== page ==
Just as important as bug spray is sunscreen. Costa Rica is situated only a few degrees above the equator. Sun exposure is more extreme than most travelers are used to. Whether you plan to spend several days at the beach or remain inland, sunscreen will be a real lifesaver. Go with a variety that has at least 20 SPF, and remember that even those who don’t think they burn easily are at risk at this latitude. Further, plan on being pretty sweaty most of the time while on vacation in Costa Rica. The only times when this possibly won’t be the case is at the beach. In both scenarios, waterproof sunscreen will serve you best.
Costa Rica is a Spanish-speaking country. While it’s reasonable to expect hotel staff as well as other personnel working in the tourist industry to speak English, this most likely won’t be the case for the locals. It’s wise to brush up on your Spanish a bit before the trip and to bring a Spanish phrase book or dictionary. Because Spanish is such a widely spoken language, be sure to keep in mind that Costa Rican Spanish is its own regional variation and that pronunciations and common words will probably vary to some degree from the more formal brand of Spanish spoken in say, Spain. Try to find a phrase book tailored to Central American or Costa Rican Spanish for this reason.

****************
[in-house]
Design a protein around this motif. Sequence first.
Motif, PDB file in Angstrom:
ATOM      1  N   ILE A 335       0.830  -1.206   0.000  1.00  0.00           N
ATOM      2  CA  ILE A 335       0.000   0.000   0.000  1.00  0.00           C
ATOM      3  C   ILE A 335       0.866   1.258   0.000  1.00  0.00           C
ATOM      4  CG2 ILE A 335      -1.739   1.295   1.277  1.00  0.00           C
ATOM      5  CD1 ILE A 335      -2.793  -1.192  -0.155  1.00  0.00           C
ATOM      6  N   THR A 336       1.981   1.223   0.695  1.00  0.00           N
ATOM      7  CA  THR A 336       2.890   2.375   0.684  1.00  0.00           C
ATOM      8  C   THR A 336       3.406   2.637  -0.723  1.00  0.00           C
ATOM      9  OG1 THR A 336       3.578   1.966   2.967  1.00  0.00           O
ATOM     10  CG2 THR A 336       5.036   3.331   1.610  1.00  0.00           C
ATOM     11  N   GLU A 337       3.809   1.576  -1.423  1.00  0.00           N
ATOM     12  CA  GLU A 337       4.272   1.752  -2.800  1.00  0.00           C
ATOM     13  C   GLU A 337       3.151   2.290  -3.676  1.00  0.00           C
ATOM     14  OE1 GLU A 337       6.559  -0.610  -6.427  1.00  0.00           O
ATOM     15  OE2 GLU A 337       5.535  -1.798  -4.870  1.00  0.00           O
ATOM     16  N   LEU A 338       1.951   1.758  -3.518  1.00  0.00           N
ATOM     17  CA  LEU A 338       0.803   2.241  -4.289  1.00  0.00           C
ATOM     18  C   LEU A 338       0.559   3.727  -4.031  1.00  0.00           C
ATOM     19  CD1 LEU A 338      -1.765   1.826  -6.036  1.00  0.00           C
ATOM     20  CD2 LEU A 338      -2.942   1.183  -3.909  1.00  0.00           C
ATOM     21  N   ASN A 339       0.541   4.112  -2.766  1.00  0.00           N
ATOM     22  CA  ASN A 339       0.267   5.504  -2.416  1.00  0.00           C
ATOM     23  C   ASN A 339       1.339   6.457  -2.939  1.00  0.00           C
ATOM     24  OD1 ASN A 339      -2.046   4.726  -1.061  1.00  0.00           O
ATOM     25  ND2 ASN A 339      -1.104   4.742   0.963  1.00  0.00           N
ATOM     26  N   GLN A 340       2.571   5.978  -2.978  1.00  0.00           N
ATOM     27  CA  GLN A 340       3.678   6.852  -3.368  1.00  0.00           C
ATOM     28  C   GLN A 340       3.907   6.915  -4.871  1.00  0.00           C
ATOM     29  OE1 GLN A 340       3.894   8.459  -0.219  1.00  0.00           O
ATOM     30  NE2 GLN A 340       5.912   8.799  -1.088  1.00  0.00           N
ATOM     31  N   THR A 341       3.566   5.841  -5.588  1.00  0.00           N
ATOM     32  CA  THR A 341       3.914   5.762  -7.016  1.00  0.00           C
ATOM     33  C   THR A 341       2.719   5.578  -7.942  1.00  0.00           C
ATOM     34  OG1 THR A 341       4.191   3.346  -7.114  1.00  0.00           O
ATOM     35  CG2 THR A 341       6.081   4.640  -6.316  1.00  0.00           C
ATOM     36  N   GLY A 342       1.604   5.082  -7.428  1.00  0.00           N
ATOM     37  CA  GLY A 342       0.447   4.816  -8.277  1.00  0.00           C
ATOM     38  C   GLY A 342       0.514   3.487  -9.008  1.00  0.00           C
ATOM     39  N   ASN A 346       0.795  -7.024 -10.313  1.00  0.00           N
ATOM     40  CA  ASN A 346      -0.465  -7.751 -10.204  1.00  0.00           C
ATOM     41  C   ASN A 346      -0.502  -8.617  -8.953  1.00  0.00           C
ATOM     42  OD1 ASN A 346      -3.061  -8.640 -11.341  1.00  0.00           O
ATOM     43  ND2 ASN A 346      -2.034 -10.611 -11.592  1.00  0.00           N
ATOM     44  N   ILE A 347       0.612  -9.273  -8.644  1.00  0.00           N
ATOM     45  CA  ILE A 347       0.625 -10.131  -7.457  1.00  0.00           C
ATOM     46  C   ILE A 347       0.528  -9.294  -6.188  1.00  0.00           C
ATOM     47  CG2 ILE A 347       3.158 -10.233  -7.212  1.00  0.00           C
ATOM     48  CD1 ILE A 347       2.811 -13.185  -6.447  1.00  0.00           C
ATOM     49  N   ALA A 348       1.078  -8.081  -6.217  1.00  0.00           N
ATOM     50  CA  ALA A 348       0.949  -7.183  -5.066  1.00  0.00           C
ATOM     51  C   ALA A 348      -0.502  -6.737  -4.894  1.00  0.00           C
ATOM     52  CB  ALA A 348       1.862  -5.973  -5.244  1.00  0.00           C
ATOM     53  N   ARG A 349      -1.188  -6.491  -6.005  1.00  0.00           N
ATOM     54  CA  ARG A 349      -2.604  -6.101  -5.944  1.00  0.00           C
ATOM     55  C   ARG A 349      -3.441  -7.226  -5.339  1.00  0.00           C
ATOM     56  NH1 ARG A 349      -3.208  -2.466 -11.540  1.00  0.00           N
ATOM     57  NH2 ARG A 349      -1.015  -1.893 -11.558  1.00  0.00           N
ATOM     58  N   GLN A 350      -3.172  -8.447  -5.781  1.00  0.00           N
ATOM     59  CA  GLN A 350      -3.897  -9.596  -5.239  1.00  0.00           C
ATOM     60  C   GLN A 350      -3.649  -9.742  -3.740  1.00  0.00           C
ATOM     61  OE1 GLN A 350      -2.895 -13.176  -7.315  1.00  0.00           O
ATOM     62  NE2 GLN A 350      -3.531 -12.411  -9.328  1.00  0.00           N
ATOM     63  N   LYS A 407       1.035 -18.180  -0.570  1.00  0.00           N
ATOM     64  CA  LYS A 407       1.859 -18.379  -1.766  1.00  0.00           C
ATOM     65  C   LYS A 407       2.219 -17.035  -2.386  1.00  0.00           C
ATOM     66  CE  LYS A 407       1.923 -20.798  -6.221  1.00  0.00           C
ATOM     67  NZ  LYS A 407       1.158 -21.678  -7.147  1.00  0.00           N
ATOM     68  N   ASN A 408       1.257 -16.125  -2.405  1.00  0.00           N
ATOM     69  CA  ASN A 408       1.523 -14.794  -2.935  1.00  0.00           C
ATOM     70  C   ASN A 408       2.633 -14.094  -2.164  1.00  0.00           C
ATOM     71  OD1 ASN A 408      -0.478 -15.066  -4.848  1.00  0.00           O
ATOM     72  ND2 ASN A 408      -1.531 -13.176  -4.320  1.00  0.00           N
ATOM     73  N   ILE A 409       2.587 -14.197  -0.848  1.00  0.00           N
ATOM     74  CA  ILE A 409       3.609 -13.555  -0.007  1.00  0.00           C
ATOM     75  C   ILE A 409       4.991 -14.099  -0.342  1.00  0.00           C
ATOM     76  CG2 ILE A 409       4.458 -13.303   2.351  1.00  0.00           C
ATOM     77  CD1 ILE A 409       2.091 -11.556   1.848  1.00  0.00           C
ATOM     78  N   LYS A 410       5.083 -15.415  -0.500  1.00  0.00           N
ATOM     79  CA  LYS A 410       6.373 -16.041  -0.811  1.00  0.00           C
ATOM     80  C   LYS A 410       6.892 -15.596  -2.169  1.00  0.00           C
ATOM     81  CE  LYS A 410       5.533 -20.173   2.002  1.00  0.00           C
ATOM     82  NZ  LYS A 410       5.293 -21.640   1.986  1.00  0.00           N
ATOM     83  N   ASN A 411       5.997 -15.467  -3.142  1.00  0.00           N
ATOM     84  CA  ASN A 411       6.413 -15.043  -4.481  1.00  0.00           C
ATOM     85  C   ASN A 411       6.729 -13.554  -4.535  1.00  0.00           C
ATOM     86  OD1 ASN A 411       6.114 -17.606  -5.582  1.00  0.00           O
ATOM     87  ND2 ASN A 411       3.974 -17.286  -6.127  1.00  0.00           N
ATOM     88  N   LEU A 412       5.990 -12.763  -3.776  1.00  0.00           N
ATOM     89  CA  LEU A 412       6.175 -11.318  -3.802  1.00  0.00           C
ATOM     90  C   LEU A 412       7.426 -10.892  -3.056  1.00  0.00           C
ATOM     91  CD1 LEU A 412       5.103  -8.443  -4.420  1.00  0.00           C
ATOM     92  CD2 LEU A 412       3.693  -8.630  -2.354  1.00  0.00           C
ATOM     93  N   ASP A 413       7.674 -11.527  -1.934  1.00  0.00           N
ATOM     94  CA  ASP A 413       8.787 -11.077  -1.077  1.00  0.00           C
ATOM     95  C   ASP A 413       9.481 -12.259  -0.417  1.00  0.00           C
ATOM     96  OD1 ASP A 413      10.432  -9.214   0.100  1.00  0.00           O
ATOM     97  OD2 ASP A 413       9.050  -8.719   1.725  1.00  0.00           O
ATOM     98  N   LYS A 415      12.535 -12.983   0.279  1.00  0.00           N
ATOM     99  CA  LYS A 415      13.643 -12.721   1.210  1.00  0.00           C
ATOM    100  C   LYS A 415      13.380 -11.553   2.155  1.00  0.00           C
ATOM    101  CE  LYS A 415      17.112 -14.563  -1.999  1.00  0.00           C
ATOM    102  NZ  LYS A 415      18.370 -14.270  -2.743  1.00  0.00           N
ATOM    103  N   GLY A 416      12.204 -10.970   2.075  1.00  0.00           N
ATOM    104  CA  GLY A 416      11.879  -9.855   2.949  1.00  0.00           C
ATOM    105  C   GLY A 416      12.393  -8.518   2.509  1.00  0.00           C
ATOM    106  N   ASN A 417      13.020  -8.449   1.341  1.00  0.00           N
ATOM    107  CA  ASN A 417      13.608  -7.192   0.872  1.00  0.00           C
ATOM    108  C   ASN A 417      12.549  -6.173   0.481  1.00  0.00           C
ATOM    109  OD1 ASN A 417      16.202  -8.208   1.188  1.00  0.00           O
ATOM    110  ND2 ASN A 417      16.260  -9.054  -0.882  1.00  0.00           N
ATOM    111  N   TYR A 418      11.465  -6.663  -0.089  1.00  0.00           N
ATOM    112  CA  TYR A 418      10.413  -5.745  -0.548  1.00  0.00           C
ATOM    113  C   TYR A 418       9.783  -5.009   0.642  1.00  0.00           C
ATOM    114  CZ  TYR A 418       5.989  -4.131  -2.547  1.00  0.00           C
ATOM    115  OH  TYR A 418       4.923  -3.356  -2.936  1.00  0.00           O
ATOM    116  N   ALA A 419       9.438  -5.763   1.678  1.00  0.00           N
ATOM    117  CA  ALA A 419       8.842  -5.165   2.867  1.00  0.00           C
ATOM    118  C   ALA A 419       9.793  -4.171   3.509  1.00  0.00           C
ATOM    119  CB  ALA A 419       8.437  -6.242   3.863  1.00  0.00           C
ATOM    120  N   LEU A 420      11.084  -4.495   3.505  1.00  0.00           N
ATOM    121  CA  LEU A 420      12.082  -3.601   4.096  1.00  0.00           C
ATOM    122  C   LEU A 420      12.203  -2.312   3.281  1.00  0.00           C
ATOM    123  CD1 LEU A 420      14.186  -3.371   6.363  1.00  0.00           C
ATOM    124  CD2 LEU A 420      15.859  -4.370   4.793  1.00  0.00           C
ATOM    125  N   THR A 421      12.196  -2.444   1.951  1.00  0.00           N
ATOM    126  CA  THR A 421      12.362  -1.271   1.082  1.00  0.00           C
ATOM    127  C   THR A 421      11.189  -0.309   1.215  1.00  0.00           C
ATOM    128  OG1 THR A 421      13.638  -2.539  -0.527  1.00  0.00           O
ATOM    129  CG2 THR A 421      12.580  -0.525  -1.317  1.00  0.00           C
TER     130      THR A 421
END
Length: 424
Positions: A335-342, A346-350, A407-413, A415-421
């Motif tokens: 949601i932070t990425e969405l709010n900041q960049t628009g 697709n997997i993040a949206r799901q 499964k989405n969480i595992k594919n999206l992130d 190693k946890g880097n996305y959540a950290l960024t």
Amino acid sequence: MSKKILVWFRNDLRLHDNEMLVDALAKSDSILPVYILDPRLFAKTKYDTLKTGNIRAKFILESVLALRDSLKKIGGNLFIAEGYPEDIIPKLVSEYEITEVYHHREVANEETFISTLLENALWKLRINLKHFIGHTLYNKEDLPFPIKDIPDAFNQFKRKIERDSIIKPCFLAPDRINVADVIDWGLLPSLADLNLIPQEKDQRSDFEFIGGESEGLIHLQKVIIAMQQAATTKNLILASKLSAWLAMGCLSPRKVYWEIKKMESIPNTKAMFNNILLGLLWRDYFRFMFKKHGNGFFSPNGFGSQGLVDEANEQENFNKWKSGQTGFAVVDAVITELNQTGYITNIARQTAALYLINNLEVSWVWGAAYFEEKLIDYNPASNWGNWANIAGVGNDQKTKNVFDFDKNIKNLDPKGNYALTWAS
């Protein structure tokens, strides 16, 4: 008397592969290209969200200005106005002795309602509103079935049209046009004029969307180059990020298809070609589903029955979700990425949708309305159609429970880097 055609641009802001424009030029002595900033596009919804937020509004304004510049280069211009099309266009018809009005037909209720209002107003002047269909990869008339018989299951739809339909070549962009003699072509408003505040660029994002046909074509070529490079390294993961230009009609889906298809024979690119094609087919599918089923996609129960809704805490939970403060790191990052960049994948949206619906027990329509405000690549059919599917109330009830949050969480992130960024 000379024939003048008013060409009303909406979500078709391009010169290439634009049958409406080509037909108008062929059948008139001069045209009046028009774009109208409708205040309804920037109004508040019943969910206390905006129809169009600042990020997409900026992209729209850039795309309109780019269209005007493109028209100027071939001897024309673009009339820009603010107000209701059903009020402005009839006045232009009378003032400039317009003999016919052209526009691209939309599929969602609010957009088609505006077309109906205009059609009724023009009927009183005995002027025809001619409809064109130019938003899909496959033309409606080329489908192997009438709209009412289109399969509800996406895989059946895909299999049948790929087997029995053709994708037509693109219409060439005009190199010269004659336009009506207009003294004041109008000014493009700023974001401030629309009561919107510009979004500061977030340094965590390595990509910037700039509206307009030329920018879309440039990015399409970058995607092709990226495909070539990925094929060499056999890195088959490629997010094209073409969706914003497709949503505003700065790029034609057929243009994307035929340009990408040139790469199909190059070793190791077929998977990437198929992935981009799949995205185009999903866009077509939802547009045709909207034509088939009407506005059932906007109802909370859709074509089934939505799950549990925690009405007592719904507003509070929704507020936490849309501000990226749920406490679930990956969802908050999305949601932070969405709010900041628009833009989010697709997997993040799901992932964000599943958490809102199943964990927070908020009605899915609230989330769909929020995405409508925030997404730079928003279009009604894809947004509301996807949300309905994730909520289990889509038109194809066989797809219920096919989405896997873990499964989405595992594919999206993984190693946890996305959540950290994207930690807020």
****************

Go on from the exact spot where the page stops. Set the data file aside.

As we mentioned earlier, Costa Rica is home to a vibrant set of biodiversity. Much of the country is tropical, and it stands between the Caribbean Sea and the Pacific Ocean. Plenty of iconic rainforest creatures can be found in Costa Rica, including toucans, scarlet macaws, red-eyed tree frogs, howler monkeys, sloths, jaguars, manatees, spider monkeys, dolphins, and bats. If this is something that interests you, be sure to bring along a wildlife manual that can enrich your knowledge about what you see. A pair of binoculars will certainly enhance your visibility of those creatures, which prefer to keep their distance from humans.
Just as important as protecting your person from rain and humidity, don’t forget to do the same for your electronics! Bringing a camera with enough memory and a camera charge will help you capture memories to cherish for years to come. Plus, a solid photo album is useful for explaining the events of your trip to friends and family upon returning home. Keep your camera and other electronics in a protective, waterproof case if you own one. If not, a plastic Ziploc bag will do the trick. For those heading to the Costa Rican coast, remember that sand can damage the screens of electronics as well.